His biggest impact on the company and the industry came soon after the Case-ATC merger, when Long led the team that developed the first fully factory-integrated loader/backhoe.
At the 1956 Road Show expo, ATC included in its exhibit a Case 300 crawler loader that featured a backhoe attachment. This one-of-a-kind hybrid attracted enough attention that Case decided to produce a combined loader/backhoe model.
The task fell to Elton Long and his team, whose creation was launched as the Case 320 loader/backhoe, with Case shipping the first factory-built unit on Feb. 26, 1957.
A new product category was born.
The original Case loader/backhoe provided many advantages over the retrofit approaches of other manufacturers. The integrated loader/backhoe was compact and easy to handle in a variety of applications, including jobs previously done by hand.
Its integral design took into account the different types of loading, digging and carrying requirements that the machine would experience, and resulted in a manufactured product tough enough to withstand the combined stresses of these various applications.
Prior to the Case loader/backhoe introduction, typical loaders and backhoes of that era were not used in heavy construction. Loaders were mostly used in agriculture, rarely lifting anything heavier than manure or hay bales. Neither loaders nor backhoes had much digging capacity. The integrated loader/backhoe helped contractors reduce costs, increase productivity and handle more work with less equipment.
In addition to being the first machine of its kind, the loader/backhoe featured components that were all Case products, enabling quick design changes and testing, as well as a single warranty to cover the entire machine.
Generations of Leadership
The Case loader/backhoe history has included a number of important “firsts” — such as the Extendahoe extendible dipper stick, return-to-dig and return-to-travel functionality, ride control, side lighting and the Case trademark over-center boom design.
Decades of continuous product development have led to the Case N Series introduction. The Case loader/backhoe evolution includes many milestones:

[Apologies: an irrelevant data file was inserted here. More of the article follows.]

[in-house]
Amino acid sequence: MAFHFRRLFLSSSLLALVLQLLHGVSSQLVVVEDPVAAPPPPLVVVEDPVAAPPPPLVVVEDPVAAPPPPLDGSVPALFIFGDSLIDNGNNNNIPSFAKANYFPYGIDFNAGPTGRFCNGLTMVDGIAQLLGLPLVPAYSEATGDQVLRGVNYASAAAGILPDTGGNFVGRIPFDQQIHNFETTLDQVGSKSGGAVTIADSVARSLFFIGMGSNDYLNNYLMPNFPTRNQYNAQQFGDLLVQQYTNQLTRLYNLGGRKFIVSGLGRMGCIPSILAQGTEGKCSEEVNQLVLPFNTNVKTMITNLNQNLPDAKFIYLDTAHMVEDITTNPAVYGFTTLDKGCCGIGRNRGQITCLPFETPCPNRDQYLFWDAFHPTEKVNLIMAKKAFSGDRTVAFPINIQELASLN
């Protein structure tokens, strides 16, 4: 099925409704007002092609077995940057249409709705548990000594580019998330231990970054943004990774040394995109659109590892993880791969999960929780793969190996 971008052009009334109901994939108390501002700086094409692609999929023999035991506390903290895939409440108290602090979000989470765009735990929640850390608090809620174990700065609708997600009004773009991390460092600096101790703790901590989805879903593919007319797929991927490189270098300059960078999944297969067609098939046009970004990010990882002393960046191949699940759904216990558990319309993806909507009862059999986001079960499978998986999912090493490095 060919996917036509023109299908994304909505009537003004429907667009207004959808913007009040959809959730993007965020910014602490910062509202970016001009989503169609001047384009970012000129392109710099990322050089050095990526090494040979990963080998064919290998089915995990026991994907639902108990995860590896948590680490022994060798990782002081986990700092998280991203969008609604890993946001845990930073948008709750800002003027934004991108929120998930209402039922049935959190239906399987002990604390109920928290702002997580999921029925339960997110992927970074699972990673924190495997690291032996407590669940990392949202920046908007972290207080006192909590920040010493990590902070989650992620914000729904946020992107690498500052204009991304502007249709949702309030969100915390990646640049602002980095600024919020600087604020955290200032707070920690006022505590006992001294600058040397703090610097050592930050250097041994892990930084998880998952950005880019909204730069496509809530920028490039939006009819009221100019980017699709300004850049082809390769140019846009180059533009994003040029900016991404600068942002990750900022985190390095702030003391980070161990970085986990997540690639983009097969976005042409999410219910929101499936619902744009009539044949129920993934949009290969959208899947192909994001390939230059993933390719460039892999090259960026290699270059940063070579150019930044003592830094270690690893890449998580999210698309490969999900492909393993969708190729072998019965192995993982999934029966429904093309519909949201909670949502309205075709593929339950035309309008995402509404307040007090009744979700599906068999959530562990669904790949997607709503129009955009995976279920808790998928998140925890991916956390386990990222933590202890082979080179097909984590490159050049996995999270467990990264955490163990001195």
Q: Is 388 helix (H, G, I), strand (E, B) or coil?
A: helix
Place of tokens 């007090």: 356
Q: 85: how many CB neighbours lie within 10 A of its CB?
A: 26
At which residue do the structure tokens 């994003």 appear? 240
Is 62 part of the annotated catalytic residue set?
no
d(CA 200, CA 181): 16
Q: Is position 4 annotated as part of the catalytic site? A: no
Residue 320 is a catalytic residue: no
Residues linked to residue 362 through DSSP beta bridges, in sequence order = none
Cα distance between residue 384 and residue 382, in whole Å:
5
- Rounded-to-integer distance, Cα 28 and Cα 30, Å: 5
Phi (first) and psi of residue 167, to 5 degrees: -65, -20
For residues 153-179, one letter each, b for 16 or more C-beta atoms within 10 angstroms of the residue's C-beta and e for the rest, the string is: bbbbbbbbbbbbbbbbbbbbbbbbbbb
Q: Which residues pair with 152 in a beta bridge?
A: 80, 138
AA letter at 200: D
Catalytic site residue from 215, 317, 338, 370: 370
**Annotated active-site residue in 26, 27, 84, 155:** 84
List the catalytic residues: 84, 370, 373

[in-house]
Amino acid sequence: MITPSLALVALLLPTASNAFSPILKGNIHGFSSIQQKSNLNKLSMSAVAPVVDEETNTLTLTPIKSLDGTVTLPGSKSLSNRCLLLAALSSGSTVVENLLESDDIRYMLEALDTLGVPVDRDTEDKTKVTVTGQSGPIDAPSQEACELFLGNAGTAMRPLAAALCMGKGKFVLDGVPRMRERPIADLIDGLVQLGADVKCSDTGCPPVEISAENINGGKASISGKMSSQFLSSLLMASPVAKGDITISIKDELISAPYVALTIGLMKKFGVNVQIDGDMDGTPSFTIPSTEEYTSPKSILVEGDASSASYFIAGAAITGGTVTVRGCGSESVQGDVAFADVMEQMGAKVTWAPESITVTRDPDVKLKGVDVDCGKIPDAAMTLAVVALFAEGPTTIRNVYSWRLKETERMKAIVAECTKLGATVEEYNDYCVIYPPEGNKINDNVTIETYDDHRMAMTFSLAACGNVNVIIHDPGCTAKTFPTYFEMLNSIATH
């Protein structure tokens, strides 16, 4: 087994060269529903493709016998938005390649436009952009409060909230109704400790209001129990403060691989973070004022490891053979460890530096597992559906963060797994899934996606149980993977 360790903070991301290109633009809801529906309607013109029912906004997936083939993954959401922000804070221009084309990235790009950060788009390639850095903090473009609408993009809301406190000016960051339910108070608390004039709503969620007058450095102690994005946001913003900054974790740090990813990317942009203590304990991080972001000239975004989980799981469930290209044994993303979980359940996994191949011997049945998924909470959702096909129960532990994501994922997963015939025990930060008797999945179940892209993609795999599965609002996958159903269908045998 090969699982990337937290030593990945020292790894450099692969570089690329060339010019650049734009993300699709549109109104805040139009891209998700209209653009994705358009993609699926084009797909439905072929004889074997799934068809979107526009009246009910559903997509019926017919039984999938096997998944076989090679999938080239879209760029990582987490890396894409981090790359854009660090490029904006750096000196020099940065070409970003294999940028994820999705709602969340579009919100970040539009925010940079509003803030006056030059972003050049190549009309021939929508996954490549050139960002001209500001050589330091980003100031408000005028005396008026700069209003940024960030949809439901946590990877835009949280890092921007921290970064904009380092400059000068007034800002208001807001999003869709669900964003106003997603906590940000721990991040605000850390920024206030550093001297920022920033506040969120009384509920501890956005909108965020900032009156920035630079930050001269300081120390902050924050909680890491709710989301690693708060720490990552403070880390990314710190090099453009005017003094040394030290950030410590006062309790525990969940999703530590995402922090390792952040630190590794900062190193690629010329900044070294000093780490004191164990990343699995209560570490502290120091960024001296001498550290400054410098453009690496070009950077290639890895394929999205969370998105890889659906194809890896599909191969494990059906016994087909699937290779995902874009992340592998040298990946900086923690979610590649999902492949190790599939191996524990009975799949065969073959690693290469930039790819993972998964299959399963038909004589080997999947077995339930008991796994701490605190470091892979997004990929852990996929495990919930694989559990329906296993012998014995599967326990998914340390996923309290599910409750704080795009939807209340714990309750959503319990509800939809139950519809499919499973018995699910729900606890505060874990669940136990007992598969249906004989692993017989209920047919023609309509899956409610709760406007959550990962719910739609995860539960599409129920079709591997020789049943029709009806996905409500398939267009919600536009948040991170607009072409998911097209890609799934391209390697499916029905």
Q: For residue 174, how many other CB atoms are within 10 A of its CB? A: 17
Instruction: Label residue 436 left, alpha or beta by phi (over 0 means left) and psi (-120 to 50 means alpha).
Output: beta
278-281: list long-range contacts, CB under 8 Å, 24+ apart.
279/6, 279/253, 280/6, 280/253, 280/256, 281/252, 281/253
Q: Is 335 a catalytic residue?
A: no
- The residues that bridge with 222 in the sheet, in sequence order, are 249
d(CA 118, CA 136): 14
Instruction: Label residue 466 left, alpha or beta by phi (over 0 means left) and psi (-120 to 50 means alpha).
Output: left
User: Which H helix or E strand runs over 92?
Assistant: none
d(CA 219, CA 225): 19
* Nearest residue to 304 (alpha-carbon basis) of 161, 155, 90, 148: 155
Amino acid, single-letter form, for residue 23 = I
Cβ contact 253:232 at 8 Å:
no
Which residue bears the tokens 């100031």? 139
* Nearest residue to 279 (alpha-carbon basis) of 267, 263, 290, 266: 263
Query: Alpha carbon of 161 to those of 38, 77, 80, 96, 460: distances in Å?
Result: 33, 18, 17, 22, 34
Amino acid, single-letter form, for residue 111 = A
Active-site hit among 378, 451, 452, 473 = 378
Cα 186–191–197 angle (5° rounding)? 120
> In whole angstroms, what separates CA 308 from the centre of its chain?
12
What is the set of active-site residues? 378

• The Case Construction King backhoes of the mid-1960s added hydrostatic steering, heavy-duty axles and steering cylinders and innovations such as automatic self-leveling and semi-automatic return-to-dig. Also new was the reverse-linkage loader bucket design that greatly enhanced digging power and grading efficiency.
• The Case 580CK, launched in 1969, featured a number of advancements, including the hydraulic Extendahoe extendible dipper stick. Also making its first appearance on the 580CK was the “side-shift” backhoe design, still offered on European models, which allowed the backhoe to slide from side to side on the back of the chassis, enabling easier use in close quarters.
• The Case B Series loader/backhoes of the early 1970s introduced the “over-center” backhoe design, patented by Case and Elton Long in 1968. This allowed the boom and cylinders to rest forward of the upright position, moving the center of gravity to the front for better stability during roading and trailering.
• Also in the early 1970s, Case introduced the 780CK, the first loader/backhoe with a unitized frame. This machine was capable of withstanding higher stress, load and breakout levels.
• In the early 1980s, as part of a joint venture, Case began using an advanced generation of diesel engines for its loader/backhoes. The Case Family I engines offered higher fuel economy, lower emissions, simpler design and advances such as automatic belt-tensioning.
• Case L Series 2 loader/backhoes introduced in the late 1990s included such improvements as ride control for vastly improved load retention and roading of the machines, and a hydraulic quick coupler for the loader bucket that enabled the operator to engage and disengage attachments without leaving the seat.
• Case M Series loader/backhoes, introduced in the past decade, featured a completely redesigned cab for enhanced operator comfort, safety and efficiency. Another M Series advancement was the backhoe pro control system, which combined anti-rebound swing with improvements in boom and dipper control. This translated into faster, more accurate trenching with greater operator comfort.